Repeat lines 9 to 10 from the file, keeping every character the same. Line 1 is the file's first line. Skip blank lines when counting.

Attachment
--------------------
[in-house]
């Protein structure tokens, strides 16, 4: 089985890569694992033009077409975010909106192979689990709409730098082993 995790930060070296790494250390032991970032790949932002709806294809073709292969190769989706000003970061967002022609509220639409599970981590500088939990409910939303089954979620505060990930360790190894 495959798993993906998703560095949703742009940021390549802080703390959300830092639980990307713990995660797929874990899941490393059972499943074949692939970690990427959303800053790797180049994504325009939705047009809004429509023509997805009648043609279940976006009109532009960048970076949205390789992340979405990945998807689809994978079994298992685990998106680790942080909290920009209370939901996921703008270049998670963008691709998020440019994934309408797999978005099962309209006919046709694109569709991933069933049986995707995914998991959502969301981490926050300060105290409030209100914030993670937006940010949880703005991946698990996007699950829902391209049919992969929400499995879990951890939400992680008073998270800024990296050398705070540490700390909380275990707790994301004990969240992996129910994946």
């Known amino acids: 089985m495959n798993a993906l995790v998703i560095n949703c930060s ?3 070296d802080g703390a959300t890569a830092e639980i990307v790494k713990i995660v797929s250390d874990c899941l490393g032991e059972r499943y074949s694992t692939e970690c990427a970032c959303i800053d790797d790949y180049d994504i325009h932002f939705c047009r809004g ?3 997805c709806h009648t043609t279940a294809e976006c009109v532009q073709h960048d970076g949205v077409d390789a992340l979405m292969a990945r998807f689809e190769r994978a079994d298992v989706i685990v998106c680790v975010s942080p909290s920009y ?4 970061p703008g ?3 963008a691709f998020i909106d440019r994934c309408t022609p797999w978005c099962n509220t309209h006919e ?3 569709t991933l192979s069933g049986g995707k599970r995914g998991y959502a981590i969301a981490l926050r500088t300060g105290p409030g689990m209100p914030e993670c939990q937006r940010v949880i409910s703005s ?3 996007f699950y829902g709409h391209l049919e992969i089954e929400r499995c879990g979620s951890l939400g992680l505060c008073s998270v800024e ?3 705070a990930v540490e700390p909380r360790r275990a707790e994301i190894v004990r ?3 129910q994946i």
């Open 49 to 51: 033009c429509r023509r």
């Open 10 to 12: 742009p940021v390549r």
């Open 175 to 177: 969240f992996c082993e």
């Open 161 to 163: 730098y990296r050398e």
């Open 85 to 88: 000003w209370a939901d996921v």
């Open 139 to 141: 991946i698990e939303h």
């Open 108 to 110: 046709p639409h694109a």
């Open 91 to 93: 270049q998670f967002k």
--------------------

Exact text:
């Open 139 to 141: 991946i698990e939303h």
């Open 108 to 110: 046709p639409h694109a």